Mummers at The Fleece Inn

As well Morris dancing, Shakespeare Morris also have an extremely active Mummers group. We mainly perform in the lead up to Christmas, and through to twelth night. However we also perform on several special occasions during the year such as St Barnabas day and Apple day.

What is Mumming?
Mummers' plays are a last vestige of the old fertility rites performed in mid-winter to bring life back to the world. They are related to similar myths and legends world wide, such as the Greek Myth of Persephone. Like these, the Mummers' play always has a cycle of death, followed by resurrection by magical means. In the Mummers' plays this cycle involves a fight between the Hero and the Villain in which one (or both) get killed. The corpse is then magically brought to life again by the Doctor. There then follows some 'business' by other characters, mainly as an excuse to extract money from the audience. This money was traditionally spent on drink and was probably one of the main reasons for the preservations of the plays up to the Victorian times, when such goings on started to be looked down up on. The plays were passed down orally and some have became garbled over the years, as each player would only know their own part, not those of the other players. This has lead to some strange lines and names, for example in one play the villain's name has changed from the Turkish Knight into a turkey snipe.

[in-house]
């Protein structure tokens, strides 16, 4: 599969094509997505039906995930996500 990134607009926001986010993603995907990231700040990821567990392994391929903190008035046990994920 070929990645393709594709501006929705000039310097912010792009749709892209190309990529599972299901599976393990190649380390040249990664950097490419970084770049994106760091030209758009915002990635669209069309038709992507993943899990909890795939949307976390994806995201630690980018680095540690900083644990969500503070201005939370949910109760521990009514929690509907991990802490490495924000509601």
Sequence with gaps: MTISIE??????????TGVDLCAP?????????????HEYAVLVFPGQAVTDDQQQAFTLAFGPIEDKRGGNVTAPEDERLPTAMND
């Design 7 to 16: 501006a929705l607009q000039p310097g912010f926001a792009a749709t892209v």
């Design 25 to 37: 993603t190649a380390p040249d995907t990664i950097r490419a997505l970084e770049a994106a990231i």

There are over 900 Mummers' plays of one sort or another recorded in Britain and the names of the Hero and Villain reflect local traditions. The Hero is usually England's Patron Saint, St George, although in some plays this was changed, presumably in Hanovarian times, to King George. Some Scottish Mummers' plays have William Wallace as the Hero. The Villain varies more widely and he may be the 'Bold Slasher', the 'Turkish Knight' or the 'Black King of Pardine'. In some plays from the south of England, 'Old Boney' (Napoleon) makes an appearance as the Villain.

Reproduced courtesy of Eydon Mummers